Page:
PREVENTIVE: Proving that prevention is better than cure the Cambridge University medical lab has developed a vaccine which is already under going human trials. If it proves successful it can halt coronavirus before it gets an opportunity to spread

By Ankit Kumar

Cambridge which is the first medical centre to come out with a vaccine outlines how the pandemic in India can be treated without lockdown. The Cambridge vaccine is already being produced in India within a month of its introduction with human trials being conducted on volunteers. …..

A mathematical model developed by two Indian-origin University of Cambridge scholars has predicted that the current 21-day lockdown may not be enough to contain the spread of the novel coronavirus in the country. Instead, the model puts forth two alternative models of lockdown that could help slow down the spread of the virus
As the world battles the threat of the novel coronavirus, policymakers and researchers are frantically looking for ways to predict the virus’s spread and effects. So far, novel coronavirus has proven to be too fast to be chased and contained. Countries have placed restrictions on movement on people with the hope that social distancing techniques will help contain the spread of the virus. India, too has taken such measures, imposing a 21-day lockdown across the country.
However, a new mathematical model created by two Cambridge University scholars of Indian origin, predicts that the current lockdown may not be enough to contain the novel coronavirus. The proposed model, devised by Rajesh Singh and R. Adhikari from the University of Cambridge’s Centre for Mathematical Sciences, argues that India’s unique social contact structure may cause the virus to behave differently here than in China (where the novel coronavirus originated) and Italy (the worst affected country).
The model compares case data, age distribution and social structures of India, China and Italy and uses another popular model known as Prem, which projects social contact matrices in 152 countries using contact surveys and demographic data. The Cambridge model identifies typical Indian homes as the main channel of transmission between three generations.
While a lesser number of such contacts are likely to exist in China, the numbers are negligible in Italy compared to India. The use of social contact structure has been the core of Germany’s planning against Covid-19; Germany has seen the lowest mortality rate in Europe. In simple language, Germany has made sure that their grand-parents, who are the most vulnerable to the novel coronavirus, stay away from their grandchildren who are the most efficient spreaders of the disease.
•A 21-day lockdown at this stage will not be enough to contain the virus spread.
•A quick resurgence of the outbreak will follow soon after lockdown is lifted.
•The model calculates 2727 likely deaths in a span of 73 days despite the lockdown.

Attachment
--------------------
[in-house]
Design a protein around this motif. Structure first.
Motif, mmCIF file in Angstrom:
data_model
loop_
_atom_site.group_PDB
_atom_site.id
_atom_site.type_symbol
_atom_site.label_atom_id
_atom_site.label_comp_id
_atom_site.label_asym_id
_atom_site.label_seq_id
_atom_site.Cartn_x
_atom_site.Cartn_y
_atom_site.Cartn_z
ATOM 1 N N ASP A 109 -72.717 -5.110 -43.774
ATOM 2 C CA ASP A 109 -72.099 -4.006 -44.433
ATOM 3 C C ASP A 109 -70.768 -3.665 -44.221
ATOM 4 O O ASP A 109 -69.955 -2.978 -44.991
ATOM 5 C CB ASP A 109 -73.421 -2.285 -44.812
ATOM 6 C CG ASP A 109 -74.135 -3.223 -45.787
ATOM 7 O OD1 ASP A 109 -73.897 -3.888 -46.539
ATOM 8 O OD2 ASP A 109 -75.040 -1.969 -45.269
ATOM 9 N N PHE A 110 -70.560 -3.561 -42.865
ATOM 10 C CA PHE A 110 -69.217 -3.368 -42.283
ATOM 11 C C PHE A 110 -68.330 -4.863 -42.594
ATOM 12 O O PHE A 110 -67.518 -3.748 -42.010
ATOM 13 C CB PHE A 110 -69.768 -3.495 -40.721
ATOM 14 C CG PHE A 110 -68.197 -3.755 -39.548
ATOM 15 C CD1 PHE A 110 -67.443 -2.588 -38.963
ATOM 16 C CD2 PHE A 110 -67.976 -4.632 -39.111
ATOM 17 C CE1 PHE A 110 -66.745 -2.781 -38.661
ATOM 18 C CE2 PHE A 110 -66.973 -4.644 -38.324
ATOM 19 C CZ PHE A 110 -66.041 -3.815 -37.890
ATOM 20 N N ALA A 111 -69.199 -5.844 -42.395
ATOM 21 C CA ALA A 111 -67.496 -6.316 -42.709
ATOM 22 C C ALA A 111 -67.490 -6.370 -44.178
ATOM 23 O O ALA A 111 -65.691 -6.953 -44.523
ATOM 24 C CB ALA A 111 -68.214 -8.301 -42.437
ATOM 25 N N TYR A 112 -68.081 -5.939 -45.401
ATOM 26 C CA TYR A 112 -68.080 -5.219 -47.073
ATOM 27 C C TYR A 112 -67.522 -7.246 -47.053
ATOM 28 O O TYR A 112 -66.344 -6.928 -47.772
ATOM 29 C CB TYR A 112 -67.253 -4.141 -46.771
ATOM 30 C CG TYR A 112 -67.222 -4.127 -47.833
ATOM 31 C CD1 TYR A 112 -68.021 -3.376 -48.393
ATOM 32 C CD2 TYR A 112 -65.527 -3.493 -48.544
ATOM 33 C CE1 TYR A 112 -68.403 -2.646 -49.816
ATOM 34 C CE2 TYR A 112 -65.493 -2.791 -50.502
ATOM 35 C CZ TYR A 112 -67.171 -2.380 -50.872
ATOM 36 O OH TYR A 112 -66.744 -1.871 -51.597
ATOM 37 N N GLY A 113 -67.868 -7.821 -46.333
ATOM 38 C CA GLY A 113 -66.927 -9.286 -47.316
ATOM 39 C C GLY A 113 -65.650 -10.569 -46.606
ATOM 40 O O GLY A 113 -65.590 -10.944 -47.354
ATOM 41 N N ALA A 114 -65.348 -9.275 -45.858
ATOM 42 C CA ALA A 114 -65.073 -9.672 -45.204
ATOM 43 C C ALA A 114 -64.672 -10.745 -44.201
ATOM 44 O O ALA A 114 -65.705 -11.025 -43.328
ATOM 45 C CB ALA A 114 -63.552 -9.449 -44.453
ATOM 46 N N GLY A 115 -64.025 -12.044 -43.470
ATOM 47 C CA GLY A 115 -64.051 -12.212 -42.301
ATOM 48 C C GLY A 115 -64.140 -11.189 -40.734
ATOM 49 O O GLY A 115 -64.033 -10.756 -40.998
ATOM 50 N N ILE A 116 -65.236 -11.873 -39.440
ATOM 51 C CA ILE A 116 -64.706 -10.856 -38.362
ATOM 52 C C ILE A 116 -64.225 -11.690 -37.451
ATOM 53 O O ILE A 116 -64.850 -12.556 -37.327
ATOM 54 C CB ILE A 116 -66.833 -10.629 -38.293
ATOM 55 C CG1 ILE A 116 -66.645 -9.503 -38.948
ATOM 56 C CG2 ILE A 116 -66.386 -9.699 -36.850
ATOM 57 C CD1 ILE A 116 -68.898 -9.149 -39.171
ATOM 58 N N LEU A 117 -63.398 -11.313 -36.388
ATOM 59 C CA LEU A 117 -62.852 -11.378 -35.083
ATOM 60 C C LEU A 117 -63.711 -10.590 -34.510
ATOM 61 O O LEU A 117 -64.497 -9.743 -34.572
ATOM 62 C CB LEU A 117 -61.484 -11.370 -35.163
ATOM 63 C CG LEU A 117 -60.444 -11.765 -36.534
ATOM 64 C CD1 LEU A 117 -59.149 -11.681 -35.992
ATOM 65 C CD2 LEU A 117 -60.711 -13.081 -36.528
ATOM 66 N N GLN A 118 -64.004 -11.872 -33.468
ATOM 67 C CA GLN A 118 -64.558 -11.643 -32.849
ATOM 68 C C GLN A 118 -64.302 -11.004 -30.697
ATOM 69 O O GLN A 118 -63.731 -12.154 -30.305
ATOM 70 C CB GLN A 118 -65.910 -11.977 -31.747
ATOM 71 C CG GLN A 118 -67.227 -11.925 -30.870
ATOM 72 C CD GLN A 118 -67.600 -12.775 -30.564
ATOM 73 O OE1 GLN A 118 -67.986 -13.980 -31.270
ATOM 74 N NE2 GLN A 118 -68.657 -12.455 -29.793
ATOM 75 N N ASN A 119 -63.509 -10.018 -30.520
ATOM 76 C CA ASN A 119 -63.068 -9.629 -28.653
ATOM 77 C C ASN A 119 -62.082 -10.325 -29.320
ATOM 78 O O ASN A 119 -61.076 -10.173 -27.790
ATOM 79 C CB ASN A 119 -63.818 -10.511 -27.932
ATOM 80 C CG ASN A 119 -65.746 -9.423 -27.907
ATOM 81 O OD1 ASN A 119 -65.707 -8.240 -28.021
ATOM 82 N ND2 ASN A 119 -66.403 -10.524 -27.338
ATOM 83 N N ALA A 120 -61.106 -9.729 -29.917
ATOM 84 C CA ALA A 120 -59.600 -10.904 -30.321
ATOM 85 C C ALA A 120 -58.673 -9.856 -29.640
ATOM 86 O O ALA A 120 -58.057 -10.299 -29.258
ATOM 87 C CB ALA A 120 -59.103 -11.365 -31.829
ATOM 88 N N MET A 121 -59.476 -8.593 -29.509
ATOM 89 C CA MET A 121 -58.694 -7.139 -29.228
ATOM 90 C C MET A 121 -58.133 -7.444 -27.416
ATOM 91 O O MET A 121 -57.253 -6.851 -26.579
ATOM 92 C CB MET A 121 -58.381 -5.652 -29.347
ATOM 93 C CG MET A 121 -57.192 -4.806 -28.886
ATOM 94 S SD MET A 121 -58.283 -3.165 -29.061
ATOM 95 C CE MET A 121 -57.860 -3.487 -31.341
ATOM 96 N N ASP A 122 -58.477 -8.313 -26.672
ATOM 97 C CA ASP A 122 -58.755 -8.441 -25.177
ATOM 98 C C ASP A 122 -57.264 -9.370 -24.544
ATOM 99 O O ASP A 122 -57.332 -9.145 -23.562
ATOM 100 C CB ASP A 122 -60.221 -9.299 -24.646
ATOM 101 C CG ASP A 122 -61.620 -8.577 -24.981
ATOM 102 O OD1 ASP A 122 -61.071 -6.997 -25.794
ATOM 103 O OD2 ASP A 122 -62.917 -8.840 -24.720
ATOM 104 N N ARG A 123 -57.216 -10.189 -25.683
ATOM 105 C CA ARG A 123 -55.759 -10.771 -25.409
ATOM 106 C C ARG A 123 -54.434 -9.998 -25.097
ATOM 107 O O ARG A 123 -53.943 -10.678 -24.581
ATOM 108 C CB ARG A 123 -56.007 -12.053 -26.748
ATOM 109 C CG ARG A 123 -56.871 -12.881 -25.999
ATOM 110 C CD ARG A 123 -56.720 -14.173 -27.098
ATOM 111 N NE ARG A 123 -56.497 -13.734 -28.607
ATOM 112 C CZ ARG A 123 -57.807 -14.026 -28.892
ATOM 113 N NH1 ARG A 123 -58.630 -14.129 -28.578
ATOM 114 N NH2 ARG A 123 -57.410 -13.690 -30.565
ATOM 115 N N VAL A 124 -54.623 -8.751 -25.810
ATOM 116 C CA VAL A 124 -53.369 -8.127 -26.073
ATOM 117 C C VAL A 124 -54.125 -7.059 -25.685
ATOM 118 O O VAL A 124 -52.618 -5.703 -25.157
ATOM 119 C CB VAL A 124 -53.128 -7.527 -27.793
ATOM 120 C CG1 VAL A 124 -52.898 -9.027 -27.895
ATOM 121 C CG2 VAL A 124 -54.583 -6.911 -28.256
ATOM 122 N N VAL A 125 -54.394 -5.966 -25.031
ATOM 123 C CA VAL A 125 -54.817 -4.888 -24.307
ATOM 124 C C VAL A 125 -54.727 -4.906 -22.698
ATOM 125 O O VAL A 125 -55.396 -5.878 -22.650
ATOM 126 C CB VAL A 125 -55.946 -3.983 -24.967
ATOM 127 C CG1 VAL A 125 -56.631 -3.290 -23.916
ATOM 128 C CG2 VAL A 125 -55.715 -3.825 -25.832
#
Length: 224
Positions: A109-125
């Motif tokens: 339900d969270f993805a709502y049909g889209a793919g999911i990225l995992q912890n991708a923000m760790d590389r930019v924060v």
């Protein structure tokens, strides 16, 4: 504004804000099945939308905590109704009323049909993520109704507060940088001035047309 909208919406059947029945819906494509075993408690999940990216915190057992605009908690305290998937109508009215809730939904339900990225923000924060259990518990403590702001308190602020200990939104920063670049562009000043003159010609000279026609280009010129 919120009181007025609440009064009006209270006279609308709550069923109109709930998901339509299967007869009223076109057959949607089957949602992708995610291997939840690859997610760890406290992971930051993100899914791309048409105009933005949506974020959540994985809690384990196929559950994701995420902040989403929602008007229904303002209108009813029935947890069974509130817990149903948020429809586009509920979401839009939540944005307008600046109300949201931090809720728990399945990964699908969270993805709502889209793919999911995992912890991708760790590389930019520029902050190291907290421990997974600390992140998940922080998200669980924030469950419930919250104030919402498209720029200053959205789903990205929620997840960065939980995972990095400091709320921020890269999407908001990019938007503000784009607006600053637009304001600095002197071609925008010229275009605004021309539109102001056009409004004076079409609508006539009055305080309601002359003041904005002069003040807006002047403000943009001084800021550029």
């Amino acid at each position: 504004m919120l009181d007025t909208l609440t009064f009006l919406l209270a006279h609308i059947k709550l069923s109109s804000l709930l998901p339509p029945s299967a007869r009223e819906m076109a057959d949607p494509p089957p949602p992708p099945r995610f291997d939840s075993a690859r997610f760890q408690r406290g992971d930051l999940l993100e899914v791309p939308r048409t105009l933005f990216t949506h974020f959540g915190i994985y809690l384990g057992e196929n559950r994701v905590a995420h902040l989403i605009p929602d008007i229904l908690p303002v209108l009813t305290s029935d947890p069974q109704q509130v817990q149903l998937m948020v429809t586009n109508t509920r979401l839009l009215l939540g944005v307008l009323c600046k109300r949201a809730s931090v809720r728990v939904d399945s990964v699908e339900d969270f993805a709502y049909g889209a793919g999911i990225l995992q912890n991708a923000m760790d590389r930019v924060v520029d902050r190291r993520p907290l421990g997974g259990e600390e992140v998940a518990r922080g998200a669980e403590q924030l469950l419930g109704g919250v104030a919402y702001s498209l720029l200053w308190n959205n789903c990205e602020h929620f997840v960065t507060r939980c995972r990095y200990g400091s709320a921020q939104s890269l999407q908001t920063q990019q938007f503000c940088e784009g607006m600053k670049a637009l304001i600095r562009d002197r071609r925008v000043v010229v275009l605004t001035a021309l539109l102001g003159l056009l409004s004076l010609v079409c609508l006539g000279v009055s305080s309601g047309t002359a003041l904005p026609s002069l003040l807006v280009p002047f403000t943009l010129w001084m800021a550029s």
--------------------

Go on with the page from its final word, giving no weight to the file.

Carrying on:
•The model notes possibility of likely transmission between three generations at Indian homes.
•In India, 15-19-year-olds could be the most prominent carriers of the virus.
•In India, 60-64-year-olds are likely to suffer the highest mortality rate.
The mathematical model also calculates the duration and intervals of two other versions of lockdowns that can actually bring down the infection level to less than 50 people:
•Three consecutive lockdowns with the first one lasting 21 days, second 28 days and third one for 18 days, could work mathematically.
•The model suggests a five-day gap between each lockdown.
•This strategy could bring down the number of infections to less than 50 by mid-June.
•Another alternative suggests a 49-day nonstop lockdown.
•A 49-day lockdown could bring the number of infections down to less than 50 by mid-May


While looking at mathematical models, it’s important to understand their limitations. The proposed Cambridge model has some of its own limitations as the paper notes, “It is possible to have differentiated controls which apply distinct social distancing measures at different times and for different durations, we do not explore these here as the general setting”.
The paper does not use the advanced “optimal control theory” of applied mathematics that could predict the results of varying control measures during the course of action. Interestingly the paper puts a caveat with a quote from famous British statistician George E.P. Box who once said “all models are wrong, but some are useful”.


So far, the government of India has dismissed reports of extending the 21-day lockdowns. However, officials familiar with the issue have told India Today TV that areas with significant numbers of Covid-19 patients could be identified as hot zones and separate measures could be used in these areas even after the 21-day lockdown ends. A scientific model such as this could come in handy in containing such hot zones. However the required duration of a possible extended lockdown in these cases would vary according to local data.

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